Uzbek Julkhyr Rugs

Examples of Julkhyr Rugs & Carpets

A Julkhyr is a long pile coarsely woven rug sleeping rug woven in Uzbekistan and the Uzbek north of Afghanistan. The are similar in use and construction to old Gabbehs.


Antique Uzbek Julkhyr Rug
Antique Uzbek Julkhyr Rug

3 foot 8 inches by 7 foot 9inches.

This is an Uzbek sleeping rug. The harsh winters of central Asia force people who wish to survive to adapt to the cold. One adaptation that is still in use is the long pile sleeping rug. Recently in the Tarim Basin a team of archeologists sent by the Red Chinese government unearthed a rather similar rug that dates back about two thousand years. That rug has bands of wefts then one row of very long pile them another band of wefts. Not exactly the same because the Tarim Basin find uses slip loop pile and wider bands of wefts but still much the same idea. Why would they use these? Obviously as a sleeping pad in very cold weather or as a blanket is warmer weather.

Most rugs were woven for market but this is truly an ethnographic piece of authentic folk-art.


Uzbek Julkhyr Rug, Northern Afghanistan,Circa 1900. 3 foot 8 inches by 7 foot 9inches. (Not including fringe)
Structure: Symmetric knot. 6 knots per horizontal inch and 4 knots per vertical inch. 24 per square inch (372 per square decimeter) Not depressed.

Yarn Spin: Z.

Warp: 2 ply wool brown or 2 ply 1 wool 1 cotton (both the wool and the cotton are hand spun).

Weft: 2 ply wool, brown.

Selvage: 4 cord wrapped in brown wool.

Ends: plain weave and twining with warp fringe.

How old is it?
With any rug unless you saw it come off the loom any attribution is just a guessing game. This rug has seemingly natural colors except for a fugitive purple. The use of a fugitive purple is not an absolute indicator but it does suggest late 19th century but could also date as late as 1913. So we turn to the other colors and since they look good. I view hand-spun cotton in the warps is an early sign as well. All these factors together as well as the general look and feel of the rug makes me feel that an attribution of late 19th seems reasonable .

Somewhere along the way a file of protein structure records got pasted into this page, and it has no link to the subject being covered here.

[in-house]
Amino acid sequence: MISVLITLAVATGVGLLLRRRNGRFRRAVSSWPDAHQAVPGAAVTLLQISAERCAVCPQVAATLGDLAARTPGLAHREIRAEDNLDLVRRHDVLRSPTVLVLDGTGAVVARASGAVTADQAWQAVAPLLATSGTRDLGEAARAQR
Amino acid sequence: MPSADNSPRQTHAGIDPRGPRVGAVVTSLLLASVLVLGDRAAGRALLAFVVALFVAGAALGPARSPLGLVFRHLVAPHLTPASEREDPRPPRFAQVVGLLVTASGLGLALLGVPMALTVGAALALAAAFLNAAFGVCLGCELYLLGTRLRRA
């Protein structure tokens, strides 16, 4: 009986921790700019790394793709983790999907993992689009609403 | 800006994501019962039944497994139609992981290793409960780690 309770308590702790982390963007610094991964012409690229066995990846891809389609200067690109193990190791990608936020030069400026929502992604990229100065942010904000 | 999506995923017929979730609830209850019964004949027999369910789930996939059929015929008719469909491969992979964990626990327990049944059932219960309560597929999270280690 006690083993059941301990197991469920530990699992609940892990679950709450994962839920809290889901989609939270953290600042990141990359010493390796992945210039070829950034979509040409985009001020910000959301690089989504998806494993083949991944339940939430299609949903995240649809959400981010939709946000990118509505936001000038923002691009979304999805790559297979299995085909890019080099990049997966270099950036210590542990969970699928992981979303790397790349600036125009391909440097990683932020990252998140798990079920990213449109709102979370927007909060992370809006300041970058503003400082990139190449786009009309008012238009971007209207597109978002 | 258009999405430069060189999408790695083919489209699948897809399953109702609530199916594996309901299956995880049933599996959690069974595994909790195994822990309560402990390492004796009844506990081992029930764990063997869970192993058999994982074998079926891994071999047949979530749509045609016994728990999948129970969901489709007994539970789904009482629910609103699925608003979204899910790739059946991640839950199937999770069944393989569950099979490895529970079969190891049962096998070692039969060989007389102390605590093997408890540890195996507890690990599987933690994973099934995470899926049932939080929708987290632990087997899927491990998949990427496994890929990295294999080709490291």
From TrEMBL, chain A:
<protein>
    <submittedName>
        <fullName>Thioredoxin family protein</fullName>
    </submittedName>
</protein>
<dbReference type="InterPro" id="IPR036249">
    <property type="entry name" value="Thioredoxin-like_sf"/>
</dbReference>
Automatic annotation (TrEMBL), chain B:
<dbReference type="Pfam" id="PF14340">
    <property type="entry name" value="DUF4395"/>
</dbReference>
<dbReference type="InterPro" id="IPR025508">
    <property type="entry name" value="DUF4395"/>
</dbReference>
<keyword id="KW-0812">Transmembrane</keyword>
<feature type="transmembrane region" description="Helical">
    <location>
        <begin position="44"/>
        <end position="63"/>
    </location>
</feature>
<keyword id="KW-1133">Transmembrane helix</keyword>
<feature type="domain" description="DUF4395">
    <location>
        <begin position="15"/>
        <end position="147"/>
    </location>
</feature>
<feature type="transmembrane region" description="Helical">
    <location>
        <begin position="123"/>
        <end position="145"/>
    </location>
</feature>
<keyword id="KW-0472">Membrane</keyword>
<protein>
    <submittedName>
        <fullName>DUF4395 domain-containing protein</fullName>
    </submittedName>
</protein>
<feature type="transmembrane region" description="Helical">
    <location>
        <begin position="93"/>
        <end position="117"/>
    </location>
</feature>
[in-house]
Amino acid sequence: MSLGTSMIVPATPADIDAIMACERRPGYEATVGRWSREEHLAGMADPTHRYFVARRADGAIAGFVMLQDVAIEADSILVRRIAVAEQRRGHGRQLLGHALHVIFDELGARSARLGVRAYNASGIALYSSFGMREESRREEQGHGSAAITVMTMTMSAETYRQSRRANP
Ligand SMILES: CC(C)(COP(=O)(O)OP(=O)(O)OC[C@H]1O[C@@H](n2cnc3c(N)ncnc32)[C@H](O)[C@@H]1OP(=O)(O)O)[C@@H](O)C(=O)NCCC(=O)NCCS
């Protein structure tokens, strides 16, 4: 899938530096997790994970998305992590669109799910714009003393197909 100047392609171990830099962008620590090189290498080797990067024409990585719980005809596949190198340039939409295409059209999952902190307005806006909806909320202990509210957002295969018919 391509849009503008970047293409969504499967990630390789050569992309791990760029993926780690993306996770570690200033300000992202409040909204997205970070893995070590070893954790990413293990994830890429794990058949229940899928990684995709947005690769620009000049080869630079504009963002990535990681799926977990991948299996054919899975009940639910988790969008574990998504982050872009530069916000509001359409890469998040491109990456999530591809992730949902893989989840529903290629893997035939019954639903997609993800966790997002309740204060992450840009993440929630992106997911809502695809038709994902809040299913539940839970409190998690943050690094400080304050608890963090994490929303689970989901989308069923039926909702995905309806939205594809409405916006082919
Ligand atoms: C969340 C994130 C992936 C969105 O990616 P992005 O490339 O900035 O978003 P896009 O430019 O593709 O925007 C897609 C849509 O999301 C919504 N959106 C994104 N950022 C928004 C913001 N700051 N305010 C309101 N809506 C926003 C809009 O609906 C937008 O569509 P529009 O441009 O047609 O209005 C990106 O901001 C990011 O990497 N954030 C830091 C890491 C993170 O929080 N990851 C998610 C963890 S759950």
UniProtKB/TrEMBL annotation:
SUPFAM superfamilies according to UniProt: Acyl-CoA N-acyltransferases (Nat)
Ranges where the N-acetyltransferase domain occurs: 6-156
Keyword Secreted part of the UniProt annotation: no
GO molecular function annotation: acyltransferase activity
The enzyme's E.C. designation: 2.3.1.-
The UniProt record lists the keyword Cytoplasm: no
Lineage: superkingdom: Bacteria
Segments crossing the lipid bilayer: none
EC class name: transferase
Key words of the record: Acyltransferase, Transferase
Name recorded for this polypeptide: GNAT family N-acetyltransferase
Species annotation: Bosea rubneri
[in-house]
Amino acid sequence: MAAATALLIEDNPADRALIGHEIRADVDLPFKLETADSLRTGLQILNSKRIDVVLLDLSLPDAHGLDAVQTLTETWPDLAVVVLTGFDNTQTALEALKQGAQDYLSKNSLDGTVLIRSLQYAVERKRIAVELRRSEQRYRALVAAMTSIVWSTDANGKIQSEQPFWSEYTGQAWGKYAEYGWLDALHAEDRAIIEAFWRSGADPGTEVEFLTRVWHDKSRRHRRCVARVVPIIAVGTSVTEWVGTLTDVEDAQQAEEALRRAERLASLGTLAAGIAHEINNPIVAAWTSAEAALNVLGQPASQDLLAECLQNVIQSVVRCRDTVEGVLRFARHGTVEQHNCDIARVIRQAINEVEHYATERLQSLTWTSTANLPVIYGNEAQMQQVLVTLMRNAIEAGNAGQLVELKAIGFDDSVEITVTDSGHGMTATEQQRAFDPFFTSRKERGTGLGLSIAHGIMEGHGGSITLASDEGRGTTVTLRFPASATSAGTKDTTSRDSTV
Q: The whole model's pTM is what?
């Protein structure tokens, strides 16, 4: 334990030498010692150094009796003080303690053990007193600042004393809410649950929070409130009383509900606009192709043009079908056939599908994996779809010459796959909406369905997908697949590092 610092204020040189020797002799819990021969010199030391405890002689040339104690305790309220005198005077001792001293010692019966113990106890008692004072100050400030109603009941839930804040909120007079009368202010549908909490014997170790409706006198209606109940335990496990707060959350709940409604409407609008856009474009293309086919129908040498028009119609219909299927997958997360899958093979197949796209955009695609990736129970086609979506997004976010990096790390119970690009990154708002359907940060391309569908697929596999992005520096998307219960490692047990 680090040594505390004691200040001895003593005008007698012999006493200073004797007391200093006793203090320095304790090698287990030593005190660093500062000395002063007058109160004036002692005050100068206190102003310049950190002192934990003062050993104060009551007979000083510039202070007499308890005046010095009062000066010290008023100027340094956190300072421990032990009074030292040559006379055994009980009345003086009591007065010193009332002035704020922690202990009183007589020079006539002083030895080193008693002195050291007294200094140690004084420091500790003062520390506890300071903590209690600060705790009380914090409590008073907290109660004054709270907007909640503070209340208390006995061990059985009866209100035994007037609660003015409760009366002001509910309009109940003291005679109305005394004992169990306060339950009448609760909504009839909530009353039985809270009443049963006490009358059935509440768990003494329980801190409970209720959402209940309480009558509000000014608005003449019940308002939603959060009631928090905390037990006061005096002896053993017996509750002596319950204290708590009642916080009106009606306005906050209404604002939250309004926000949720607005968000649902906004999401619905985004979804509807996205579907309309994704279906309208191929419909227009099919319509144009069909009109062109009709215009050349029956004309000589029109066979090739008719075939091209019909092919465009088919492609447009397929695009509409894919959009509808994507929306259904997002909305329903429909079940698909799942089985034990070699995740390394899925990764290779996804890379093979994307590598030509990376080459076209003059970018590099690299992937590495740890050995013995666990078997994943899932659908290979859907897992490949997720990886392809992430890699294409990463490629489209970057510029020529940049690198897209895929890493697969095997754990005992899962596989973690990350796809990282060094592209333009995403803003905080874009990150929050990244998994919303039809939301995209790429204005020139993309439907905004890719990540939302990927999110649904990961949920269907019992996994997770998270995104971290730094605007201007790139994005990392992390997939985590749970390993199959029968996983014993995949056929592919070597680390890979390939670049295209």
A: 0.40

Scan of the Back

The Uzbek are an offshoot of the Mongol Golden Horde that conquered Russia in the thirteenth century. Cingis Qan (Ghengis Khan) died in 1227 and his empire was divided up in the great Quraltai of 1229. Jochi the eldest son was given the land furthest from the hearth, but since he had died his heirs led by Berke took from the Caucasus north into Russia and they were known as the Golden Horde. The Golden Horde or Kipchaks were led by Batu and Berke. Their younger brother Shayban split off and established the Shaybanid Horde. A later Shaybanid Khan named Uzbek converted to Islam and the horde became known as the Uzbeks. In the later part of the 15th century the Shaybanid Horde moved into Transoxiana and by 1505 the Uzbeks pushed the Chagatai Turks or Timurids out and took the land they still inhabit today.

Uzbek Julkhyr Date 1880-1910
Uzbek Julkhyr Date 1880-1910
Julkhyr, translated by Moshkova as “bearskin”, describes the long, dense pile of these Central Asian rugs. They served a variety of functions such as sleeping rugs, covers or floor carpets. They were strictly utilitarian and were woven for personal rather than commercial use. This example has all natural dyes and includes yak wool in both the foundation and areas of the ground pile. According to current research, julkhyrs were woven by Uzbeks, Turkmen-Uzbeks and Arabs.

Uzbekistan Arab Djulkir early 20th c
Uzbekistan Arab Djulkir early 20th c
Shortened. Good pile. Interesting item. Woven in three narrow stripes.

Uzbek Djulkir early 20th c
Uzbek Djulkir early 20th c

Woven in four stripes. Full pile and good condition.